INTERVIEW! Jim Bob talks about Carter the Unstoppable Sex Machine legacy and his current tour

img_5891Jim Bob Sings Again! 

An article in The Guardian last month rightly suggested that the band Carter the Unstoppable Sex Machine be both re-evaluated and valued, and so Louder Than War decided to do just that by visiting Jim Bob on his sold out solo tour to find out “What’s it all about? You know what I mean?”

In the early nineties Carter USM were the darlings of the music press. Jim ‘Jim Bob’ Morrison and Les ‘Fruitbat’ Carter USM were a two piece with a drum machine that combined punk, pop, and samples and trawled the world with their riotous brand of stage show that demanded audience participation.  They spawned four top ten albums (including the number one The Love Album) and twelve Top 40 singles and seemed unstoppable (ahem), but then the music press seemed to turn on them for reasons best known to themselves. Carter USM initially split up in 1998 but performed sporadic re-unions up until their glorious swansong, suitably entitled ‘The Final Comedown’, at the arse end of 2014. 

With no album since 2013 and no tour since 2012, Jim Bob the singer/songwriter of Carter the Unstoppable Sex Machine has been very quiet of late and the music world has not been better for it. On the other hand, author J.B. Morrison has been very busy during that period; publishing three acclaimed books, Driving Jarvis Ham, The Extra ordinary Life of Frank Derrick, Age 81 and then the one short of a triumvirate Frank Derrick’s Holiday of a Lifetime. Other than the final ever Carter gigs in 2014, Jim Bob has been concentrating on his writing. Thankfully for us he has decided to return to his first calling with some under-heralded gigs that sold out almost immediately.I have always admired Jim Bob’s way with words and so curiosity killed this cat, and I arranged to meet up with him over a cuppa (me) and a beer (him) in the surroundings of Manchester’s Deaf Institute. I said Deaf Institute.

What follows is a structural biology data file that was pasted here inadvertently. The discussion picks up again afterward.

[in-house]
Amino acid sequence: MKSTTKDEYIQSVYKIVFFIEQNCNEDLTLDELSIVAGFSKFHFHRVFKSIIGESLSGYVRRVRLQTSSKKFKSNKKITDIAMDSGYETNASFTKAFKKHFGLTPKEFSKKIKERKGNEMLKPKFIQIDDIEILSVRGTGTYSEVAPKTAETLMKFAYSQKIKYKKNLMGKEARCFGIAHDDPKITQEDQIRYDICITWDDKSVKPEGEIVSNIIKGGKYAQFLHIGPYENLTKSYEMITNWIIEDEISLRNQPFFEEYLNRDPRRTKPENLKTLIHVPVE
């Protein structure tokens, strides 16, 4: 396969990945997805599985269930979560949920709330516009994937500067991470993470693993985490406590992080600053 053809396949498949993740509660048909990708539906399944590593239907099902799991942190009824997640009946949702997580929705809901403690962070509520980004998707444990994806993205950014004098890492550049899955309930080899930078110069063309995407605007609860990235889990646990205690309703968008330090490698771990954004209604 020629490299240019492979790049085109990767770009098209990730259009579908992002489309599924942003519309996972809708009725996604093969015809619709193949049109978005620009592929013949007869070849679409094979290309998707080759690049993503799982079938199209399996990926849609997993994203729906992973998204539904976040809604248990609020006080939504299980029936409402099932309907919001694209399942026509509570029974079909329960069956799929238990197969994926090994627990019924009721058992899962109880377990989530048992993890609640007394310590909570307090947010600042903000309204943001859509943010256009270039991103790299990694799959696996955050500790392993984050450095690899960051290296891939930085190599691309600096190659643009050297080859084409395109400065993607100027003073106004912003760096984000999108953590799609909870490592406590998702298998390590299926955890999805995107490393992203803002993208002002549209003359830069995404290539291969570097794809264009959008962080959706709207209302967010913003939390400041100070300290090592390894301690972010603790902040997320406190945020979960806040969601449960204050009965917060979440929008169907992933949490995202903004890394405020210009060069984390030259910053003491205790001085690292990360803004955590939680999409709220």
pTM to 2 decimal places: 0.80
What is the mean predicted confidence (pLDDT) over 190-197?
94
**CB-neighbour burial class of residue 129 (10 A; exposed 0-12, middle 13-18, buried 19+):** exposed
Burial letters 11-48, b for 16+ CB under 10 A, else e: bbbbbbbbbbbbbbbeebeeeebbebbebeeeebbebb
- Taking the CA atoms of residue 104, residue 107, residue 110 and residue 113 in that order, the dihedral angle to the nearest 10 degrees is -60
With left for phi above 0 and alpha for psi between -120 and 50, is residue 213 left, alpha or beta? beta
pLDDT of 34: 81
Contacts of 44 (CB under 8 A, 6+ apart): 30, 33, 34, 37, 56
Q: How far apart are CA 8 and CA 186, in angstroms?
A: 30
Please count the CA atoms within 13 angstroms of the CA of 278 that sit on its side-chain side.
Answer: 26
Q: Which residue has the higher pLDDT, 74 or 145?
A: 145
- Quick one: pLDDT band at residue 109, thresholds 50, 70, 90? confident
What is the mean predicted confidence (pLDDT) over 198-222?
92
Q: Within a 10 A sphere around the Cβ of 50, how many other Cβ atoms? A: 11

Jim Bob in person seems shy and nervous and he is supported by a tight and uber-friendly coterie of friends in his manager Marc Ollington, Mr. Spoons and support act Chris T-T all of whom are charm personified. I began by asking what had inspired a tour after the self-imposed hiatus.

“That’s a good question… it’s a question I can’t answer! I think initially I was asked to do the Indie Daze festival in London. I’ve been asked to do a few of those 90s type gigs and I’ve always said “no”, maybe because I was writing a book and doing other stuff and I didn’t know whether I wanted to do that, didn’t know whether I wanted to…it’s weird playing with other bands of from the era in a funny kind of way because it’s like you’ve resigned yourself to do that, like ‘that was when you were good’. But it’s the wrong theory because when I did Indie Daze it was brilliant and you realise it’s the right audience to play too. The promoter of that festival was going to promote another gig in Brighton and so it slowly grew and then it started selling which was a bit of a shock to be honest with you. Quite a few of them have sold out and that has not happened before, not with the solo thing.”

How was the Shiiine On Weekender?

“I haven’t done that yet, its next year.”

Is that the ferry thing? (the plan is for bands to play whilst being ferried over to Holland).

“Yeah, I’m trying not to think about that (laughs).”

So how many dates have you done so far?